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Celebrate 100 Years of Football Broadcasts

The opinions expressed by columnists are their own and do not necessarily represent the views of Townhall.com.
AP Photo/Chris Carlson

A massive crowd swarmed City Hall Park and the streets around it on the afternoon of Oct. 28, 1922.

The New York Police had been warned it was coming and diverted traffic as a safety measure.


Was the crowd there to protest? No. It was there to cheer on a college football game -- one that was about to kick off hundreds of miles away in Chicago at a place called Stagg Field, which could seat only 32,000 fans. The undefeated University of Chicago Maroons (coached by the famous Amos Alonzo Stagg) were about to face off against the undefeated Princeton Tigers.

A bigger problem for both local and federal law enforcement -- as evidenced by news reports that week -- was making sure that the laws involving ticket scalping and theft were effectively enforced.

"Chicago is football crazy," said a report in the New York Herald. "It seems a shame that so few spectators can be seated at the Chicago field. It is no exaggeration to say that 200,000 persons might have witnessed this game if there had been room to pack them in."

"The police were also notified that 500 registered letters containing tickets for the Princeton-Chicago football game tomorrow had been stolen," the paper reported.

"Such tickets as fell into the hands of the speculators brought many times their face value," said the paper.

"One hundred dollars a ticket is the prevailing price today," it said.

That equals $1,656 in October 2021 dollars.

"My idea of the Height of Affluence," a reader commented in the Chicago Tribune, "is possessing a ticket to the Chicago-Princeton football game."


The Herald noted a federal interest in the ticket scalping.

"With the last seat to the Chicago-Princeton game sold over a week ago and thousands of disappointed fans trying to find a way to gain admittance to the gridiron classic, government agents today renewed their drive against ticket scalpers," said this report.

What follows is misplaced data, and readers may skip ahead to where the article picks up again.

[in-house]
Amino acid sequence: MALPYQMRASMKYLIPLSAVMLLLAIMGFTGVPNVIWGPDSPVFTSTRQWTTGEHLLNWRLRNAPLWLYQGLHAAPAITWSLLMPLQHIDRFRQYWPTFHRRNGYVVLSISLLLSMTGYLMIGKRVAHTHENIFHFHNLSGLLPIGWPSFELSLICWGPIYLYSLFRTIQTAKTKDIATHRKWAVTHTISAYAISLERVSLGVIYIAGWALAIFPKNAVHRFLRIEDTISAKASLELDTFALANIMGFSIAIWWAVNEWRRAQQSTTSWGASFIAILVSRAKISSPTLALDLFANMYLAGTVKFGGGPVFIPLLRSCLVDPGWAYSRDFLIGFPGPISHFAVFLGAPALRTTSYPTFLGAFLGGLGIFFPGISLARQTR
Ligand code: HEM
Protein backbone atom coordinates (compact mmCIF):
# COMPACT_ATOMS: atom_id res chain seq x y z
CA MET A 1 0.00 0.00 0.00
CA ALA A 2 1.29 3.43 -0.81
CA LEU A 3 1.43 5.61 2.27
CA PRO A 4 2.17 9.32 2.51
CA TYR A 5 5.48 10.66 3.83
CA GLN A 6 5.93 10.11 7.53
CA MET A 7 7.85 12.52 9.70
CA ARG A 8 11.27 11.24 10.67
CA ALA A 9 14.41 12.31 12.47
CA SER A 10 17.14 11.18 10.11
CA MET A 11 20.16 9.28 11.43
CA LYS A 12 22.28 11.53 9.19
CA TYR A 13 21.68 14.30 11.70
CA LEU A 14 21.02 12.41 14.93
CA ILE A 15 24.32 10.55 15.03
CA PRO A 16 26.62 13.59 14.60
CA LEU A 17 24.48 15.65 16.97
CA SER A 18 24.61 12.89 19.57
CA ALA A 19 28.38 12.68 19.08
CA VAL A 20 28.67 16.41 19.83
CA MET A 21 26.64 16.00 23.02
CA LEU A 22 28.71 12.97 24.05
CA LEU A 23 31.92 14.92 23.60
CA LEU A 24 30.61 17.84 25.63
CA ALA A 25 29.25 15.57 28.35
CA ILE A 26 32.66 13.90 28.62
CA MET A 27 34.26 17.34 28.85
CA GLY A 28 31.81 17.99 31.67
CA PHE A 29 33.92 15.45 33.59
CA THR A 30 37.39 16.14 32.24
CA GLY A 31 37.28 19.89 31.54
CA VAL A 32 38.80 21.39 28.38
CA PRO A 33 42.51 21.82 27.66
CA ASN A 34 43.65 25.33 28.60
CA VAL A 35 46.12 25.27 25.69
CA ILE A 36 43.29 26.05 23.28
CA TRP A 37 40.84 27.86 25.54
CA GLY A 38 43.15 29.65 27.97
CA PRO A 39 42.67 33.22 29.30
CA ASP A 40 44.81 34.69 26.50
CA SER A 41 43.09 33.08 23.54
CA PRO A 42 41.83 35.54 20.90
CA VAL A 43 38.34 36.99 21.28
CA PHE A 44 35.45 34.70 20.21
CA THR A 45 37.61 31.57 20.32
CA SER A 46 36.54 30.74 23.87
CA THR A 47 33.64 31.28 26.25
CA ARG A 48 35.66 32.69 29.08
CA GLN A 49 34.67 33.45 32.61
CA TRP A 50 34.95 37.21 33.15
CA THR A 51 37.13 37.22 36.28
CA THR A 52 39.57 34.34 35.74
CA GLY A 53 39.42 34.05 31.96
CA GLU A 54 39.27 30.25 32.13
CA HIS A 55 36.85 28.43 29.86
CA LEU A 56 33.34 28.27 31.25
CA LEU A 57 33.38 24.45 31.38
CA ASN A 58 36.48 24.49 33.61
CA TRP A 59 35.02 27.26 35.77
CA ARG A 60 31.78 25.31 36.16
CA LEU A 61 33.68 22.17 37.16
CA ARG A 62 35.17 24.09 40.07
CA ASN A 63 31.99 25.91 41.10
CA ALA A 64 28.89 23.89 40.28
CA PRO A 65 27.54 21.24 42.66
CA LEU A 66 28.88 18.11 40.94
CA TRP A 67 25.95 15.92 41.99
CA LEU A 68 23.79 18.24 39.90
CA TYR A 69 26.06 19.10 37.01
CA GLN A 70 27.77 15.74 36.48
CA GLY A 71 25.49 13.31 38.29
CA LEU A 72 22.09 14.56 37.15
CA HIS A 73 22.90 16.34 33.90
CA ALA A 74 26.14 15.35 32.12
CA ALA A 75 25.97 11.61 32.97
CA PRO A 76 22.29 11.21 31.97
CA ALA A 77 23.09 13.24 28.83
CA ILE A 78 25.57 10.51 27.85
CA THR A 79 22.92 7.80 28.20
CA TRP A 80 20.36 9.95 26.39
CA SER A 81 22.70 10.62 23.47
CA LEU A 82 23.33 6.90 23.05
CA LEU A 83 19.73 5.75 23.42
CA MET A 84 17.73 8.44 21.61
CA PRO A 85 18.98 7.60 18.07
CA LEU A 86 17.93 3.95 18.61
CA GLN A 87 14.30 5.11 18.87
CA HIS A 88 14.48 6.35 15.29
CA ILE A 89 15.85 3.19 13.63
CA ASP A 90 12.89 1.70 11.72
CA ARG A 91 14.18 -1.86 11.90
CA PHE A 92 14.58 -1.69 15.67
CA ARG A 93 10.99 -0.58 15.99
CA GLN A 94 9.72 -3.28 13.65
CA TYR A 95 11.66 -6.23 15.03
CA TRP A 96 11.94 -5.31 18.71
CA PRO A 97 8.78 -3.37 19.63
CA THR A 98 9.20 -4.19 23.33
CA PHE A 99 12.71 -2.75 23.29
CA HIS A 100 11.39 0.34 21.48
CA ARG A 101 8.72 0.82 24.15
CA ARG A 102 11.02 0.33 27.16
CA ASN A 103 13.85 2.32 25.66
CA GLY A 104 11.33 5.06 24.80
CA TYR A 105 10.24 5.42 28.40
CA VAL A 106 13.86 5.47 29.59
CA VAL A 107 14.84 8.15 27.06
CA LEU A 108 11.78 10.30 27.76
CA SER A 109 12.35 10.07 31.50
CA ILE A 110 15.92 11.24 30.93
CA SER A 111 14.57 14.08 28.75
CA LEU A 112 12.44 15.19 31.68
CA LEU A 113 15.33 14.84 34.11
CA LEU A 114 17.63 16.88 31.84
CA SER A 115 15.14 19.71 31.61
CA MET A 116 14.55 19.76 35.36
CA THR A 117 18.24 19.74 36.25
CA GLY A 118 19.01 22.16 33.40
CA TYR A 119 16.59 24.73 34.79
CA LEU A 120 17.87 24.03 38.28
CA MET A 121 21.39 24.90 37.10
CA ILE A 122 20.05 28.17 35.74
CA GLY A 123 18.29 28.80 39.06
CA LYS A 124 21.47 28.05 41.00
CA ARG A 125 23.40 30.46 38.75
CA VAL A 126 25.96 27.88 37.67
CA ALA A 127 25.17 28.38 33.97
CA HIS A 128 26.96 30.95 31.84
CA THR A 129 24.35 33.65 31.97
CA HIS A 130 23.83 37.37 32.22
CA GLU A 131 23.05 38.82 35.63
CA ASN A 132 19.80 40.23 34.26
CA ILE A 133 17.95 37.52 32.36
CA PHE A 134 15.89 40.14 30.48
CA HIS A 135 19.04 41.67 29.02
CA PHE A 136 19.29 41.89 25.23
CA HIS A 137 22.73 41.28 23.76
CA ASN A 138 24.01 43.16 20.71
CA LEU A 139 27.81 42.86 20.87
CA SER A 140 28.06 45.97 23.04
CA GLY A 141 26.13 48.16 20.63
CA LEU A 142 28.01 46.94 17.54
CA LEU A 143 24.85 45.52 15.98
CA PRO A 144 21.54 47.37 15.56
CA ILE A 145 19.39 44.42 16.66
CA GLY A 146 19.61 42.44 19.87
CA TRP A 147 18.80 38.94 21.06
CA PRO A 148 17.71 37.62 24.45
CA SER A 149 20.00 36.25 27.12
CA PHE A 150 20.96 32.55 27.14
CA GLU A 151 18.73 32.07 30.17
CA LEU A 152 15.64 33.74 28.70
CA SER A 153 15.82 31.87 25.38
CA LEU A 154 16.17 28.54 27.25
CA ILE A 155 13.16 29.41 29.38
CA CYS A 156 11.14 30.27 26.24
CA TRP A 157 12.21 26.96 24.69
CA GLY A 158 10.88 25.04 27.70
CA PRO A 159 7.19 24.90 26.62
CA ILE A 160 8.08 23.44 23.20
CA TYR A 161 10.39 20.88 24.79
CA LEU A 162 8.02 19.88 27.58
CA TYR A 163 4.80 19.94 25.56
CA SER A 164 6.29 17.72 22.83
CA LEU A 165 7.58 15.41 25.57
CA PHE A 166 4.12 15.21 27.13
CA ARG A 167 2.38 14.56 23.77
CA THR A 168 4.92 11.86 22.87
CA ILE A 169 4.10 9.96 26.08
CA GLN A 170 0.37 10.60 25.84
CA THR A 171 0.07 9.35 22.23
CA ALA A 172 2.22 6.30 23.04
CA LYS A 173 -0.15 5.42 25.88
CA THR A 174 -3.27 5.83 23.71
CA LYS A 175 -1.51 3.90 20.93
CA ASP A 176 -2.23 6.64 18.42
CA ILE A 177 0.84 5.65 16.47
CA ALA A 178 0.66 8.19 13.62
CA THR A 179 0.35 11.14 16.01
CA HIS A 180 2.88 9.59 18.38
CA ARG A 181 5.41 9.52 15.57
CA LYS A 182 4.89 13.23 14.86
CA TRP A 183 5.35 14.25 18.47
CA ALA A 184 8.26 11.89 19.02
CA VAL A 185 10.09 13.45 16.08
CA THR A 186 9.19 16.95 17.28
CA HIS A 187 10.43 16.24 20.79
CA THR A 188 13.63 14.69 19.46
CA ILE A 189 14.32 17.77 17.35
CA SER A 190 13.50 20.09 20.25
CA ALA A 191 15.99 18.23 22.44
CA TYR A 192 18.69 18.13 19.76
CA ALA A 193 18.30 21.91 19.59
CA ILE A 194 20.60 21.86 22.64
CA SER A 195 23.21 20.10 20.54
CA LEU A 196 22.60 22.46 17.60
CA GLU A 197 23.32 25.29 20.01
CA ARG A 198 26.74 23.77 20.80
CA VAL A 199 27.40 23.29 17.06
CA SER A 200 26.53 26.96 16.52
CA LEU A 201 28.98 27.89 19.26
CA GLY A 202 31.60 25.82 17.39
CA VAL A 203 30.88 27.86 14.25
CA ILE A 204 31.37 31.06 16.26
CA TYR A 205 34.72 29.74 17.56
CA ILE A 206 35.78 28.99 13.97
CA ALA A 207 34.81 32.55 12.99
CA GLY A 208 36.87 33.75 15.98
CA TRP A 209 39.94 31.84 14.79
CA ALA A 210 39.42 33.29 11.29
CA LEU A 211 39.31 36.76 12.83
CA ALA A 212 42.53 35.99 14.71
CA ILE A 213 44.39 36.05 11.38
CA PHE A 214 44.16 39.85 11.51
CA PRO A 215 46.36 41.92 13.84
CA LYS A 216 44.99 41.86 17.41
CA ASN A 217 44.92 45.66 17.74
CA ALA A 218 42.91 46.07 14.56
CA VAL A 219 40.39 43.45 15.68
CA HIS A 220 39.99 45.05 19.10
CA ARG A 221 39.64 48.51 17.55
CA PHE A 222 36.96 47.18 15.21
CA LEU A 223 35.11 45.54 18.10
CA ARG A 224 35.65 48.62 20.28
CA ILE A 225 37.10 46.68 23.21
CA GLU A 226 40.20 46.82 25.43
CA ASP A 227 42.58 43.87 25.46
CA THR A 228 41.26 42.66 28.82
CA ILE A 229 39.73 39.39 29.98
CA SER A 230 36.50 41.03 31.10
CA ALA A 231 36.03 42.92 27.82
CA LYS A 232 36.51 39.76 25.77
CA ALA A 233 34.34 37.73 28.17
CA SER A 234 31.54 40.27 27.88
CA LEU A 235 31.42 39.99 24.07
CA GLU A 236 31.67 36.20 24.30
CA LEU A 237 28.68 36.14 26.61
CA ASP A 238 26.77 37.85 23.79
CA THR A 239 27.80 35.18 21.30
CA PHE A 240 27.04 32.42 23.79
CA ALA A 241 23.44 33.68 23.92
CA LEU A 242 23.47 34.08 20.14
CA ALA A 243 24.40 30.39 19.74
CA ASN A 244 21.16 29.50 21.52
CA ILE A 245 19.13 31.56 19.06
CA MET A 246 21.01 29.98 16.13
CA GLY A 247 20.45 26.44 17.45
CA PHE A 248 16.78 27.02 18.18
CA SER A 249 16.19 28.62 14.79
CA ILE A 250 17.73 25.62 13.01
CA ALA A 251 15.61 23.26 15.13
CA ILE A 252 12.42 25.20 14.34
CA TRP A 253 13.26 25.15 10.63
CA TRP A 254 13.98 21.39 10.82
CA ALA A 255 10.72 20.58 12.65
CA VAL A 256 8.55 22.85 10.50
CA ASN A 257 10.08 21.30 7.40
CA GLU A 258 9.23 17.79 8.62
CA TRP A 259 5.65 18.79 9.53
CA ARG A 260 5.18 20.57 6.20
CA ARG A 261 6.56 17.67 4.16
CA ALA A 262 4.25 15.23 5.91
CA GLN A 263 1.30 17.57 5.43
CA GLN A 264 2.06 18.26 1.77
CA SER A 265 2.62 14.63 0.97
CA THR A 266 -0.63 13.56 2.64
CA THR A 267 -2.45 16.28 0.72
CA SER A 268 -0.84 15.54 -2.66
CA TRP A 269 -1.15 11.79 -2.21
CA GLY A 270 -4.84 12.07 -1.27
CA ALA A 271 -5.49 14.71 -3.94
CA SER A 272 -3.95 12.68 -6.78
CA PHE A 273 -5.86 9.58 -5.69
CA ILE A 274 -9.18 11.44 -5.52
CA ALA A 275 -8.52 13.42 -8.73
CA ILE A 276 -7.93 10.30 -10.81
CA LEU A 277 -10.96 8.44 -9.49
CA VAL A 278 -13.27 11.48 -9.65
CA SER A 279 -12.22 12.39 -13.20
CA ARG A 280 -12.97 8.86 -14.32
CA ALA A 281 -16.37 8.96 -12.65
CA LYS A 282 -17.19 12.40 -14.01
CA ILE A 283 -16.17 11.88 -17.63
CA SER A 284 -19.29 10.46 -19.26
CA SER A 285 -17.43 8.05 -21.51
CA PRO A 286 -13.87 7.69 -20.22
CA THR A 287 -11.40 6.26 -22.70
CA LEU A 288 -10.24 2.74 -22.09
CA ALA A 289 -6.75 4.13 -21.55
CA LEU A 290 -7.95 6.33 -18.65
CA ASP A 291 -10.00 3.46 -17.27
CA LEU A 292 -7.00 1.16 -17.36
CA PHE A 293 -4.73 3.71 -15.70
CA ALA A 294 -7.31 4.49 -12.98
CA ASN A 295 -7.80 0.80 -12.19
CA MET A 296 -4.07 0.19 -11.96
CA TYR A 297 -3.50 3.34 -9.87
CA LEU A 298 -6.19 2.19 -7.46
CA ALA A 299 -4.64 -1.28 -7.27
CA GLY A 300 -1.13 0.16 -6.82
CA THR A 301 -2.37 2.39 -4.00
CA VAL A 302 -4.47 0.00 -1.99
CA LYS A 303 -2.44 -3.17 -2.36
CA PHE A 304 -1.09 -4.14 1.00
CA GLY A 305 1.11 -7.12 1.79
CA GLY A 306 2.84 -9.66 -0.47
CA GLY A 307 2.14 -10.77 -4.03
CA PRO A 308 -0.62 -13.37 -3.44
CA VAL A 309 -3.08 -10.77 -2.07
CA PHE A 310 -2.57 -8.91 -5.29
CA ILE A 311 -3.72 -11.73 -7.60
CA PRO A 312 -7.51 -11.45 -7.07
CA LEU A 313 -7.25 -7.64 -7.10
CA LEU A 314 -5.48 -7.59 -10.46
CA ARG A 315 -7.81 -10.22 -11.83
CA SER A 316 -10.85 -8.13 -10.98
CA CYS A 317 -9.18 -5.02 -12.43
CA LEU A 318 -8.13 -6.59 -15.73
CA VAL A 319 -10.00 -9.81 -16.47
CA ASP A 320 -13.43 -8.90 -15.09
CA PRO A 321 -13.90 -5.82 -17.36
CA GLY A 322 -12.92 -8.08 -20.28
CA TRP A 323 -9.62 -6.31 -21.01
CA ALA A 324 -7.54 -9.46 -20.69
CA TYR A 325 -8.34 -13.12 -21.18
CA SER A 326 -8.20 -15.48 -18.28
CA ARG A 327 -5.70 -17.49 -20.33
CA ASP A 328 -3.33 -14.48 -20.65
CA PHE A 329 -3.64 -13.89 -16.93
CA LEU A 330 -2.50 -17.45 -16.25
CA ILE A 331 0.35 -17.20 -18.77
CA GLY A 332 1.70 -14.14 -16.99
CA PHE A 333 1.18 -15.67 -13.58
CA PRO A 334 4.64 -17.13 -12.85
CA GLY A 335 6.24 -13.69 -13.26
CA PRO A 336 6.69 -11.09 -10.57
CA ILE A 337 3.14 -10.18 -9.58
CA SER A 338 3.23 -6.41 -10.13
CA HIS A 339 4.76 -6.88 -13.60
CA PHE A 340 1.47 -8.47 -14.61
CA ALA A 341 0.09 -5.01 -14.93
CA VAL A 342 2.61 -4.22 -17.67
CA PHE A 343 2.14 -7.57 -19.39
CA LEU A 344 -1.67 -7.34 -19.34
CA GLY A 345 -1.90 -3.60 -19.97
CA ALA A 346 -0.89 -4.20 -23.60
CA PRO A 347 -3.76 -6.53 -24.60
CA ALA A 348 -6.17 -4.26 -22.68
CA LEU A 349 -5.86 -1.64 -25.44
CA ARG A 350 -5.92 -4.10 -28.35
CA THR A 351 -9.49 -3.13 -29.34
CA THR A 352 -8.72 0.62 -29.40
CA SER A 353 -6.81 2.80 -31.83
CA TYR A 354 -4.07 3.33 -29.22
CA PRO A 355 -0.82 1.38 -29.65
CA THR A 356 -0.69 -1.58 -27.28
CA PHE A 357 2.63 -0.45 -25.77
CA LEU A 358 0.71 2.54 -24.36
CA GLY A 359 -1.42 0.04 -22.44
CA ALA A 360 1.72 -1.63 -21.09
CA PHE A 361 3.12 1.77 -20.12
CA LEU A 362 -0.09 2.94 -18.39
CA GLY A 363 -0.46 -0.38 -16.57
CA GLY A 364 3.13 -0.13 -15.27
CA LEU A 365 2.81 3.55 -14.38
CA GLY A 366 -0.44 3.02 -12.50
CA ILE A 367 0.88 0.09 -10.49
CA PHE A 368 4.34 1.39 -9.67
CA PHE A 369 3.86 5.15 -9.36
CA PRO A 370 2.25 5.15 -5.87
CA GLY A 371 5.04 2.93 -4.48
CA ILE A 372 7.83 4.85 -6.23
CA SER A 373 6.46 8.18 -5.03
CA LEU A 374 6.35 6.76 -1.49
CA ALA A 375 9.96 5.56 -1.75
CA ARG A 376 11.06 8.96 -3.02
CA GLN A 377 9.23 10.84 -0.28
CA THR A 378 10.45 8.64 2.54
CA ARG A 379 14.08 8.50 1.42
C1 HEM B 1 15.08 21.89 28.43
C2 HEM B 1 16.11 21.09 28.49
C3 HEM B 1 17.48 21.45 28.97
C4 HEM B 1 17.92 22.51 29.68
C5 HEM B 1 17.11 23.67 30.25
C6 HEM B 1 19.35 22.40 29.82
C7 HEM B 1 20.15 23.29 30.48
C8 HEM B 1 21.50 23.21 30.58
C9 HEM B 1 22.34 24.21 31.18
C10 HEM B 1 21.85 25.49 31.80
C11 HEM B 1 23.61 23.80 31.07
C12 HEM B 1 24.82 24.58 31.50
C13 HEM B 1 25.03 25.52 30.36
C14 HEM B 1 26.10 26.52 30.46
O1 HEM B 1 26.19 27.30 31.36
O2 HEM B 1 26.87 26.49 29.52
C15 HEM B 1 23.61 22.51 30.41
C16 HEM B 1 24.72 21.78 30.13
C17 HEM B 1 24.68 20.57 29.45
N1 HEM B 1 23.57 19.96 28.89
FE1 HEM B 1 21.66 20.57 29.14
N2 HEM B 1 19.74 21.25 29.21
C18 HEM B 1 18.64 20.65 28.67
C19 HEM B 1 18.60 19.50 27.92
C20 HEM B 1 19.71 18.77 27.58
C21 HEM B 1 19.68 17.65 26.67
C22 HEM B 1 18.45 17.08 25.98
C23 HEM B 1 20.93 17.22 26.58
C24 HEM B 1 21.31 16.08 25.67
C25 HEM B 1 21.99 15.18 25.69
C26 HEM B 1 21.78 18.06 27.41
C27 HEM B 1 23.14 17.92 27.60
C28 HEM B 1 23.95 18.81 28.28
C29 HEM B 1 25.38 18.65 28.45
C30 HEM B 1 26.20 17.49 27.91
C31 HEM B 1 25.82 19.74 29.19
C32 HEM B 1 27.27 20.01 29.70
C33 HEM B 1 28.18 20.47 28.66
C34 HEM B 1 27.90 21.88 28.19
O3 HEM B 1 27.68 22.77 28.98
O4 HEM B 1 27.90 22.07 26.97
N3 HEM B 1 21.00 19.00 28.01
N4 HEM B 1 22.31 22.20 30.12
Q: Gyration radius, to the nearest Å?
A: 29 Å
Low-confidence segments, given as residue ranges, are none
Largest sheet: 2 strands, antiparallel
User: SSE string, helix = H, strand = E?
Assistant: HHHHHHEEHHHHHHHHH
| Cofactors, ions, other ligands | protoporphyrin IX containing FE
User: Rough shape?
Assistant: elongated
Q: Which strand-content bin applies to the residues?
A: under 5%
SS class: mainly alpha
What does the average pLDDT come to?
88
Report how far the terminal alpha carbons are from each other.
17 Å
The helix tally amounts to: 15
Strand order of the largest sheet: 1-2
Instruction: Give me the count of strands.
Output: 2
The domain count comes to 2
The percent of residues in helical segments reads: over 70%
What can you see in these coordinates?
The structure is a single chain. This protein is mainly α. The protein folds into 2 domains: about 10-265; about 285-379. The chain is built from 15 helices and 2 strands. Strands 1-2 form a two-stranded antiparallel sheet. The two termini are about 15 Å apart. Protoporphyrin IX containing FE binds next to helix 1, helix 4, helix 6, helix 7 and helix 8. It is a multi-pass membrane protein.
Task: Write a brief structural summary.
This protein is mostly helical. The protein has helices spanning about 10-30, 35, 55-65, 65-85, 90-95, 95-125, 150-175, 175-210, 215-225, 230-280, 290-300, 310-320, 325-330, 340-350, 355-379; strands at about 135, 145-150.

"Twelve John Doe warrants were issued by United States Commissioner Mason in connection with the sale of unstamped tickets to the game by speculators," it said. "The laws require that excess prices for tickets be stamped on the back, the government collecting half the excess."

So why did a crowd gather outside New York's City Hall in 1922 to cheer on a football game being played in Chicago? The Brooklyn Standard Union and the New York Tribune published stories that explained it.

"The Chicago-Princeton football game, to be played in Chicago Saturday, Oct. 28, will be broadcasted from radio station WEAF in New York, by direct communication to a 900-mile telephone circuit running from Stagg Field to WEAF," said the Standard Union. "This is the first time in the history of radio that a long distance telephone circuit will be directly connected to a broadcast station."

The Tribune itself played a key role in what transpired.

"Thousands of football fans packed Park Row and City Hall Park yesterday afternoon to hear the play by play account of the game between Princeton and Chicago," reported the Tribune.


"In order to make possible this epochal event in the history of radio, half a transcontinental telephone system was connected up to WEAF by the engineers of the American Telephone and Telegraph Company, and more than a million persons throughout the East were able to listen to the progress of the intersectional battle," said the paper.